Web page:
One of these Fridays I got a parcel in the mail. I knew where it was coming from, because I was eager to get it. I also knew what was in it. What I didn’t know was that the content was going to be what those madeleines were for Marcel Proust. But let’s start with the beginning…
Only 4 of more than a dozen pairs that populate my life (and bring me weekly scolding from the wife) are black; I look at them, and their austerity makes me feel like I am looking at a group of academics enjoying a Bon Jovie concert (when he was young) – a pair of Gravati derby shoes I have a very strong emotional bond with; a pair of Carmina monks that I don’t go along with too well because of the last; a pair of patent leather Alfred Sargent oxfords with a last slightly too large, and a pair of Edward Green boots, solid like a WW2 German Tiger II tank.
This Friday, the group of academics was joined by a pair of black bespoke oxfords from Maftei Vienna. It was a while now already that I was thinking about reintroducing black into my life, but I must admit that choosing black shoes is not as easy as it looks. However, in my mind’s eye there was this model that I had seen at a Japanese shoemaker, created on a last similar to mine, so everything was arranged with just a few emails exchanged. Whether you talk to Lucian or to Roxana, working with the Maftei house is always a pleasure. They are really open when it comes to last and design. The house doesn’t have its own, individual style – which is a great advantage for me, as I am no longer limited by a range of standard models and at the same time, I have the opportunity to let my imagination and creativity fly. It’s a shame that they only have shops in Vienna (and Oslo, recently – Roxana Maftei will take your orders for male and female bespoke shoes). But it is my feeling that they could do well with a stronger presence outside trunk-shows in both Western Europe and US. There is an ever-growing demand in the bespoke segment on the Eastern market, and except for Hungary, the provision is rather scarce.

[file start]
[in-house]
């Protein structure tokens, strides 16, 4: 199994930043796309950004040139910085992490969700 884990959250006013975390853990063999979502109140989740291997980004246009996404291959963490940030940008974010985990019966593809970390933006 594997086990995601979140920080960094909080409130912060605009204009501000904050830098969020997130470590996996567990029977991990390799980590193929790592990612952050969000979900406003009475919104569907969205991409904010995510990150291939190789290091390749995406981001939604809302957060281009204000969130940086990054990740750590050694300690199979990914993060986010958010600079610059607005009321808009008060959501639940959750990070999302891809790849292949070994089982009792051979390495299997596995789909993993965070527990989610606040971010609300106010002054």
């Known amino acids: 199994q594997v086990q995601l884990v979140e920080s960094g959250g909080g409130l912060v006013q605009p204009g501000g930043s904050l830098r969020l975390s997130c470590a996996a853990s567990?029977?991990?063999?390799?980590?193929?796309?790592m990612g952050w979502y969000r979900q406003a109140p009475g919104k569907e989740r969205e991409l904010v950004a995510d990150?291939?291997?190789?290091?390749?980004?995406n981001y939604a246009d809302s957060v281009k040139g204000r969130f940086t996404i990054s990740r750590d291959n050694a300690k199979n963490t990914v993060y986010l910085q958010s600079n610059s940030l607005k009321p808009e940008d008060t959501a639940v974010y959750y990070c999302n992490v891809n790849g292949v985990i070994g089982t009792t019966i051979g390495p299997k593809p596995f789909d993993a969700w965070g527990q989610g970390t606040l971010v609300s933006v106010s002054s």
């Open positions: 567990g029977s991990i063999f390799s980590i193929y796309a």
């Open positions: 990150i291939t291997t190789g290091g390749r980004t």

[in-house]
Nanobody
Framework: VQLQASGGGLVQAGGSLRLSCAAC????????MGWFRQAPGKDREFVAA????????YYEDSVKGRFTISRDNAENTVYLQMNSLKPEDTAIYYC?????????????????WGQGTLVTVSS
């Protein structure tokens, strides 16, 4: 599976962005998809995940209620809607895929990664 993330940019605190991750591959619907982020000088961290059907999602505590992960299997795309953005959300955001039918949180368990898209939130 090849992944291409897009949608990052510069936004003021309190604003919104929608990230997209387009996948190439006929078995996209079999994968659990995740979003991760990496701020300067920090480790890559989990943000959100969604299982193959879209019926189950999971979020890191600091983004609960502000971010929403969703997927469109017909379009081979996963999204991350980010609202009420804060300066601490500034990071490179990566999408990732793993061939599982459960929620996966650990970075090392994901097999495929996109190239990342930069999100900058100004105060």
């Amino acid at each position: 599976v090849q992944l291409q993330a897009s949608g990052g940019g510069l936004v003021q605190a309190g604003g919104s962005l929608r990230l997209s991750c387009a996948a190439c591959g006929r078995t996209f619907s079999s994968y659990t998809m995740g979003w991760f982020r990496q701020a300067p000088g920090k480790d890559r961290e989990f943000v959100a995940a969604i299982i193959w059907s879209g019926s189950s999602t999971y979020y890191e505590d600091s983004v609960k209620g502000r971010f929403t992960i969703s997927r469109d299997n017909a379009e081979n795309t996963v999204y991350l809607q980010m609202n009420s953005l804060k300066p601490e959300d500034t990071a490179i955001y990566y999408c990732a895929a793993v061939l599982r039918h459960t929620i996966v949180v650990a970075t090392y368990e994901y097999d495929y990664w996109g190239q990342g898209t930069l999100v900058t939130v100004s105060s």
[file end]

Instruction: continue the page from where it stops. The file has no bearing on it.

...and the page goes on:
So back à nos moutons: the moment I opened the box with the Maftei shoes and I inhaled the fragrance of the leather, my mind went back to the moment when I bought the first pair of Shoes. It was the same warm scent of the leather from that December morning back in Munich. I had gotten to Munich on a trip, and out of my total 300 Euro I had spent 280 Euro to buy a superb pair of Gravati derby shoes that were selling for a substantial discount due to their big size. Since then, I remember every detail of the moments when I met each of the pairs of shoes, and I can rebuild that moment in my mind, just like a man in love remembers the moment when he met the woman he loves.
I remember the sunny, yet chilly morning in Munich and the moment when I saw the pair of Gravati in the shop window; the wet evening in Budapest when I was almost alone on the street, lingering in front of the windows of the Vass shop that I visited on the next day; the leather textures in the Maftei shop and the amber colour of their alligator skin shoes; the oriental heat in Firenze and the refreshing taste of the ice-cream I was just finishing when I entered the Maninna shop in Via de’ Barbadori; the whirr of London when I got out of the shop in Jermyn Street with a superb pair of Edward Green Midnight Blue Brummel; the torrid afternoon when I crossed the Arno river in order to get to Stefano Bemer, and how I unfortunately didn’t manage to get there because there was a celebration of one of many Italian saints; or the day when I missed the meeting with Justin FitzPatrick at Gieves&Hawkes because I was in a rush to catch the plane. My memories might sound strange to someone that shoes mean nothing to, but for me they are like the small marbles that make the puzzle of life.
As for the Maftei shoes, I will let the photos speak for themselves. Next time you are in Vienna, don’t forget to go and meet Alexandru Maftei. In addition, in my view, they offer the best value for money in the bespoke segment.